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fallen in again in London—no other than honest Mr. Bows of the Chatteris Theatre, who was now employed as pianoforte player, to accompany the eminent lyrical talent which nightly delighted the public at the Fielding’s Head in Covent Garden: and where was held the little club called the Back Kitchen.
Numbers of Pen’s friends frequented this very merry meeting. The Fielding’s Head had been a’ house of entertainment, almost since the time when the famous author of “Tom Jones” presided as magistrate in the neighbouring Bow Street; his place was pointed out, and the chair said to have been his, still occupied by the president of the night’s entertainment. The worthy Cutts, the landlord of the Fielding’s Head, generally occupied this post when not disabled by gout or other illness. His jolly appearance and fine voice may be remembered by some of my male readers ; he used to sing profusely in the course of the harmonic meeting, and his songs were of what may be called the British Brandy-andWater School of Song—such as “The Good Old English Gentleman,” “Dear Tom, this Brown Jug,” and so forth— songs in which pathos and hospitality are blended, and the praises of good liquor and the social affections are chanted in a barytone voice. The charms of our women, the heroic deeds of our naval and military commanders, are often sung in the ballads of this school, and many a time in my youth have I admired how Cutts the singer, after he had worked us all up to patriotic enthusiasm, by describing the way in which the brave Abercromby received his death-wound, or made us join him in tears, which he shed liberally himself, as in faltering accents he told “ how autumn’s falling leaf proclaimed the old man he must die ”—how Cutts the singer became at once Cutts the landlord, and, before the applause which we were making with our fists on his table, in compliment to his heart-stirring melody, had died away, was calling, “Now, gentlemen, give your orders, the waiter’s in the room—John, a champagne cup for Mr. Green. I think, sir, you said sausages and mashed potatoes ? John, attend on the gentleman.”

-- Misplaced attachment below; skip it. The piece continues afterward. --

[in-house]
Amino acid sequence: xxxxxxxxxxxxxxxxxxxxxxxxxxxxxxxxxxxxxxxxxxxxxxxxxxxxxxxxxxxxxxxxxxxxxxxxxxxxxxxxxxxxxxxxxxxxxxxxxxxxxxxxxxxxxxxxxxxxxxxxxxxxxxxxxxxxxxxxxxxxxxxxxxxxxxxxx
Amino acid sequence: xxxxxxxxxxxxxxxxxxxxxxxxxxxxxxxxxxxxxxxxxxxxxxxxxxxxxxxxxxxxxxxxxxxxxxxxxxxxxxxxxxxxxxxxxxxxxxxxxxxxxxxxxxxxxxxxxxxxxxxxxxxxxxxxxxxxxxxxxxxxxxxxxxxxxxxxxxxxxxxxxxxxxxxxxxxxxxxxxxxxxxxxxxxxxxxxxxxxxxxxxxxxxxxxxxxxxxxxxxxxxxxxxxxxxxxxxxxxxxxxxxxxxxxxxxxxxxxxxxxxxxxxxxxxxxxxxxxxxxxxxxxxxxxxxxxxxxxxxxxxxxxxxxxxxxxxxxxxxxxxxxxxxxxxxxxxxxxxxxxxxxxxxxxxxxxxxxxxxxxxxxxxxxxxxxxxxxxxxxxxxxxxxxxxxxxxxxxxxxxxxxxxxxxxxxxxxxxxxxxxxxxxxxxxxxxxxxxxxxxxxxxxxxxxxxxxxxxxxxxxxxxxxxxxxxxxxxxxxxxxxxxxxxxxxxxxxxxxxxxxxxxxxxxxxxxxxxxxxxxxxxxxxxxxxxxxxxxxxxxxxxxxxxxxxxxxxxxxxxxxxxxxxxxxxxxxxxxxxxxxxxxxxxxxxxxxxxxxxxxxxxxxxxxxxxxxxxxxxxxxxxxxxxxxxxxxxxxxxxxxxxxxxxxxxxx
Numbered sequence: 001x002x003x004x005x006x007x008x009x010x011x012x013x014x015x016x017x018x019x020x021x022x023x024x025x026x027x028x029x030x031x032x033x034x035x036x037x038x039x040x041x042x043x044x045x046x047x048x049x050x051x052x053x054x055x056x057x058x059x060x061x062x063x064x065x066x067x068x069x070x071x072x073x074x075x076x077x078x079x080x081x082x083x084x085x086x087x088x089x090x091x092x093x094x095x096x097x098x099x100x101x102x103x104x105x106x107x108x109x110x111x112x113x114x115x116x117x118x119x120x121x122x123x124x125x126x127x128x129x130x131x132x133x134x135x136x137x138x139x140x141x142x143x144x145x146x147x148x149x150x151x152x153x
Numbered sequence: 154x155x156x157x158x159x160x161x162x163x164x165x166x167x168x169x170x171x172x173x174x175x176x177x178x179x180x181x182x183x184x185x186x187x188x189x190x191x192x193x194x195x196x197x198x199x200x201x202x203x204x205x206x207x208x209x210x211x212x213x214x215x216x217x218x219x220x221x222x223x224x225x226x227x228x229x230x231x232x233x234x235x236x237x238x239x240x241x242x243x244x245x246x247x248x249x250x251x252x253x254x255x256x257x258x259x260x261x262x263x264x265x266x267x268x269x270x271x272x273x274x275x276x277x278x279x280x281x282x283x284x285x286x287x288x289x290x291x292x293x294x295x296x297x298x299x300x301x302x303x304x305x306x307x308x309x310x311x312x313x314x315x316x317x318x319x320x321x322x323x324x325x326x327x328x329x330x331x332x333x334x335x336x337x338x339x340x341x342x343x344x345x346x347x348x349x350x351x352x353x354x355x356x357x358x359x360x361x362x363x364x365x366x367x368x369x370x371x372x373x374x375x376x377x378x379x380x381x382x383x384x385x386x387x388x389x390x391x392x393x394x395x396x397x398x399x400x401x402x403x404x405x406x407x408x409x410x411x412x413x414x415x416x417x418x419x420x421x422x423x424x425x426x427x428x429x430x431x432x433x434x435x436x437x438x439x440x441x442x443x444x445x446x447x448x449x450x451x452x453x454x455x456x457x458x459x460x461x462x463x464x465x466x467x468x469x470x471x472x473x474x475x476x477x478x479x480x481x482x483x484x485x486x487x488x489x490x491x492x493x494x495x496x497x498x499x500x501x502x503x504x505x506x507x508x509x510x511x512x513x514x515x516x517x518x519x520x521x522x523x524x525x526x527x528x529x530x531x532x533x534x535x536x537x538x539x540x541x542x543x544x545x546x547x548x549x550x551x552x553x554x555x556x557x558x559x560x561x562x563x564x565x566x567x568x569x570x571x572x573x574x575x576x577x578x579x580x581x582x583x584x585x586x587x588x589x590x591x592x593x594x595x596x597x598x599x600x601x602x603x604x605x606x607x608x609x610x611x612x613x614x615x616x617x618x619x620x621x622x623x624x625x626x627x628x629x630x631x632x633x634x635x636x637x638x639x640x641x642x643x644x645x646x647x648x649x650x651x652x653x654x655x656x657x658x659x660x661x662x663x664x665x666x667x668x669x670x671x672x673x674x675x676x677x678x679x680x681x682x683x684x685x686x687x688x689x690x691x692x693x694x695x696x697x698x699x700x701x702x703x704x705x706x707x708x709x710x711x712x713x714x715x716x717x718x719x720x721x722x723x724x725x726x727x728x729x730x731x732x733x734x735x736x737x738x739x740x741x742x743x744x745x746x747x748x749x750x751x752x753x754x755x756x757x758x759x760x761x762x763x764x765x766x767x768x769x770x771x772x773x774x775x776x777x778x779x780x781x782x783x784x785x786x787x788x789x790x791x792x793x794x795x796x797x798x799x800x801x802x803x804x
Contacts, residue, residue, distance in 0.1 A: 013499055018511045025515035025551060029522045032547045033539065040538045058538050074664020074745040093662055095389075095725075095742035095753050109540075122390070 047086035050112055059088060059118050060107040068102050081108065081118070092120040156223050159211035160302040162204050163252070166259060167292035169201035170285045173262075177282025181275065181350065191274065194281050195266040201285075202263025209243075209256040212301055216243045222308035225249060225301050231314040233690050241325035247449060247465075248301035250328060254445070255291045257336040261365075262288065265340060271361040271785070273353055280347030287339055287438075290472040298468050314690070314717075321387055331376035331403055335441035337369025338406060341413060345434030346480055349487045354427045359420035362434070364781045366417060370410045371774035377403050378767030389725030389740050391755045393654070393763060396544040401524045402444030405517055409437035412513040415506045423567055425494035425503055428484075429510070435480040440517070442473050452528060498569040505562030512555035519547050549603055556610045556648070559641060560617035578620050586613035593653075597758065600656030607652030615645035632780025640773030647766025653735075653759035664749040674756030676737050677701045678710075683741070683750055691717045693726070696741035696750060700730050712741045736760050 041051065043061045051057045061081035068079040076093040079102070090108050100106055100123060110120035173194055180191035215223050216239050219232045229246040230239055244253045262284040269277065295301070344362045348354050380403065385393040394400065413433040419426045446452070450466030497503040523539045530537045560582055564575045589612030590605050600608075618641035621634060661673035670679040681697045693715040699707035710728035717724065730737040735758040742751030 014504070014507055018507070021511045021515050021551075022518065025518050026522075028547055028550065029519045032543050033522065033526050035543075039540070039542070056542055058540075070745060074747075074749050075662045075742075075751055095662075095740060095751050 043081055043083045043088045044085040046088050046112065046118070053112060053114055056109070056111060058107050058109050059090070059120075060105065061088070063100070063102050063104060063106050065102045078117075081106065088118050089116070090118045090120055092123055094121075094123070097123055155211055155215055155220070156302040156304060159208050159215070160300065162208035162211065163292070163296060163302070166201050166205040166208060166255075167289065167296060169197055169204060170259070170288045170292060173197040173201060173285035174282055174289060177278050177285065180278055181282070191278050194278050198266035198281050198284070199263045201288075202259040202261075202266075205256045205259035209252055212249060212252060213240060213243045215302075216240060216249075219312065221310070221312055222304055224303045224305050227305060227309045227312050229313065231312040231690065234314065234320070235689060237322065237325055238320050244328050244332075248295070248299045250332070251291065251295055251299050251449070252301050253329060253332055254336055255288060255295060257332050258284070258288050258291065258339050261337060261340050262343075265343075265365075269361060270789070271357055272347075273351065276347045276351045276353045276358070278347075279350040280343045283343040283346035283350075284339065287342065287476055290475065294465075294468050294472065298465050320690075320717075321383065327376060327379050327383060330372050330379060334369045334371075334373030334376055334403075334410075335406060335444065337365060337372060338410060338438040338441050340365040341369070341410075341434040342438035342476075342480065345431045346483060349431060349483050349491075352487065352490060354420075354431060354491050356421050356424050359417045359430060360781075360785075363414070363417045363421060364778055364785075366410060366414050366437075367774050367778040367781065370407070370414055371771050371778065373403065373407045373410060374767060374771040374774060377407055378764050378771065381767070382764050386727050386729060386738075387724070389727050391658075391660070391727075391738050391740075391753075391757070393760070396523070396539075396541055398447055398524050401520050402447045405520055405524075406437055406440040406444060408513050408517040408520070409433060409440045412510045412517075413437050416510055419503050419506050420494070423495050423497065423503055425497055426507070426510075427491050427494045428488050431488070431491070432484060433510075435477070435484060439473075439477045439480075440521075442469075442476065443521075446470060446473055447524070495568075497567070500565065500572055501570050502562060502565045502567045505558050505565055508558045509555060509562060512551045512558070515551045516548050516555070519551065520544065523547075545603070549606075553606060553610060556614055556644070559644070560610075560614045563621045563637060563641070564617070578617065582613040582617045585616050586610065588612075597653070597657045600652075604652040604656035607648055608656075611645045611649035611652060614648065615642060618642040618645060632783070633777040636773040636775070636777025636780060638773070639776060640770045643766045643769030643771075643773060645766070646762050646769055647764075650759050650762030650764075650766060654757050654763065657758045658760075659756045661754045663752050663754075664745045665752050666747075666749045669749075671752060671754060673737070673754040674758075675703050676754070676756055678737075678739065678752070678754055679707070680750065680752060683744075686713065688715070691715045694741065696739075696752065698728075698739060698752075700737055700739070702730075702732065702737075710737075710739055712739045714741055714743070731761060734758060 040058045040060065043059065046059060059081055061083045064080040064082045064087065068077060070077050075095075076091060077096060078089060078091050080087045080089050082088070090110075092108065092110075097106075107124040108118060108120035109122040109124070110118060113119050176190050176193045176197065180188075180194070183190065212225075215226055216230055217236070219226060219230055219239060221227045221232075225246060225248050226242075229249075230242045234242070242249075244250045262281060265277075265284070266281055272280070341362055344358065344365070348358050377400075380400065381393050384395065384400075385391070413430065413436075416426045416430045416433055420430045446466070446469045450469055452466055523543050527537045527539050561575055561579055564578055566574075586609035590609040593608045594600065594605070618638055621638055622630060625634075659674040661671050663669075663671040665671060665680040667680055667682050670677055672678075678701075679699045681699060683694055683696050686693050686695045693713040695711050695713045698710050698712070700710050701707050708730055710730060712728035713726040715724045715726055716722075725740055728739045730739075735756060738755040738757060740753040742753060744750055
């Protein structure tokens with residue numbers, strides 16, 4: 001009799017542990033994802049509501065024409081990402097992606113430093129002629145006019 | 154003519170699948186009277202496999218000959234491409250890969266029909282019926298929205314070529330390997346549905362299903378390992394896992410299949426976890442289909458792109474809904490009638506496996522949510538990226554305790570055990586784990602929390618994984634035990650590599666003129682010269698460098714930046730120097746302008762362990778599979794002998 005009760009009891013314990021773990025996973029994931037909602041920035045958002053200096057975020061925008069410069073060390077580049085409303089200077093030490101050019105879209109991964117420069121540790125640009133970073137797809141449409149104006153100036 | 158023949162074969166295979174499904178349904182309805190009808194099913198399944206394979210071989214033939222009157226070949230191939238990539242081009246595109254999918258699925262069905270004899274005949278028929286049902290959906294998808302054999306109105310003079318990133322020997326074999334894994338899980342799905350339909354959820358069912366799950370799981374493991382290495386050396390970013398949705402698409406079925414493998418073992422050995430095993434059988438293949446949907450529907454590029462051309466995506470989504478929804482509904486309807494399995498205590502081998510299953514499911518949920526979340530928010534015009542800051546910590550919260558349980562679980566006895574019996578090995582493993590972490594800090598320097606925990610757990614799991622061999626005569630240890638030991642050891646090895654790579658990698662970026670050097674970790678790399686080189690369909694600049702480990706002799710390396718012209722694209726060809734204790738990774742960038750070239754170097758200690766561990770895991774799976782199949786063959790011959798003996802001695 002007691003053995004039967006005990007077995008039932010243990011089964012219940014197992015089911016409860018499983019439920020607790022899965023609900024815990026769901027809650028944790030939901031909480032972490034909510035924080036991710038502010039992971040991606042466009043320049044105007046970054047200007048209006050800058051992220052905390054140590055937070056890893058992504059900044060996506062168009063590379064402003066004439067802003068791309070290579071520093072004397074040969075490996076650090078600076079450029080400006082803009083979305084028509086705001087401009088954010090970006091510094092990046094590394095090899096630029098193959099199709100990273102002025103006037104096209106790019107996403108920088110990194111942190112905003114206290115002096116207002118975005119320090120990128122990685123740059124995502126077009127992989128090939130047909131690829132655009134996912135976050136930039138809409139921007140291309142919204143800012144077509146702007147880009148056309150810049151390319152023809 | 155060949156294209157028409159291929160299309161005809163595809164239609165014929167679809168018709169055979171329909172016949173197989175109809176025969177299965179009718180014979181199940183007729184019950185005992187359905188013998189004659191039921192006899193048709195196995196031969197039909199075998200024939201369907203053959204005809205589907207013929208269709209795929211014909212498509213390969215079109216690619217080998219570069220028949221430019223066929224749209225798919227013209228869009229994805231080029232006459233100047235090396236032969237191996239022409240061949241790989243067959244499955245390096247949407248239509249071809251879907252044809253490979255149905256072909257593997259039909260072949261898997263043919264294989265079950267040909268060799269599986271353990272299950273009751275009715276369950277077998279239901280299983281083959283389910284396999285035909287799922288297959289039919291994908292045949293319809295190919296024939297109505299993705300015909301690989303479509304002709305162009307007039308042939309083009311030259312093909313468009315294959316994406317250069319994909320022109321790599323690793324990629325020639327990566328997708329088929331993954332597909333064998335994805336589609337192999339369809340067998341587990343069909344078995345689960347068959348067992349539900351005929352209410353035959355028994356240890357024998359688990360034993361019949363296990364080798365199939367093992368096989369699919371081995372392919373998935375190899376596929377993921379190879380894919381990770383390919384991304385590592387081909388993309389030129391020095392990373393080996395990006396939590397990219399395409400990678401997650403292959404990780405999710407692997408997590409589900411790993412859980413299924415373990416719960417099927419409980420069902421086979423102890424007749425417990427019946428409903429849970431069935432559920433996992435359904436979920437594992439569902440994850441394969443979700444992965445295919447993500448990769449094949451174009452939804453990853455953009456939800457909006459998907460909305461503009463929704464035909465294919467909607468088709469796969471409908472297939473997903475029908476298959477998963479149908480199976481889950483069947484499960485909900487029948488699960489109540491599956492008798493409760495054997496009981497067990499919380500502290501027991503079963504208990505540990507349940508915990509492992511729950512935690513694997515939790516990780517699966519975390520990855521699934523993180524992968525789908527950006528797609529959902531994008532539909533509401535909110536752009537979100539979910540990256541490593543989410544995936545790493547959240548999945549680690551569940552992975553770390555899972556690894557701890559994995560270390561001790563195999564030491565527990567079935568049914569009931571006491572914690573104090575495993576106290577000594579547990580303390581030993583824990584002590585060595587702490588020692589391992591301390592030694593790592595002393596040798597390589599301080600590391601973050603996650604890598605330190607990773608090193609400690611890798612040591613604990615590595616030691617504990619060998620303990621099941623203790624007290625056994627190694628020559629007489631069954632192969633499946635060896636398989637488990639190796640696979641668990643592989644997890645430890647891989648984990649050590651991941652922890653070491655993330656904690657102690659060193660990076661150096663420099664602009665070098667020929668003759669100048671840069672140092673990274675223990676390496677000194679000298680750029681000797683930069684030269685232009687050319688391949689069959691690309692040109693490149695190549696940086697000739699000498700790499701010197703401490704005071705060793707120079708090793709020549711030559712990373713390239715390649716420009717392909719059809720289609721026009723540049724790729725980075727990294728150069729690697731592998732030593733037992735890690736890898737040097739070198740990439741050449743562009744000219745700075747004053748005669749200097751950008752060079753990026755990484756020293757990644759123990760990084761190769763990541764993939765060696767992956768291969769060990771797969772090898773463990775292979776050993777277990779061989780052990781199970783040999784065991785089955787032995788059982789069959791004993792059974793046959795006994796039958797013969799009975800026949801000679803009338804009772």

“And I’ll thank ye give ‘me a glass of punch too, John, and take care the wather boils,” a voice would cry not un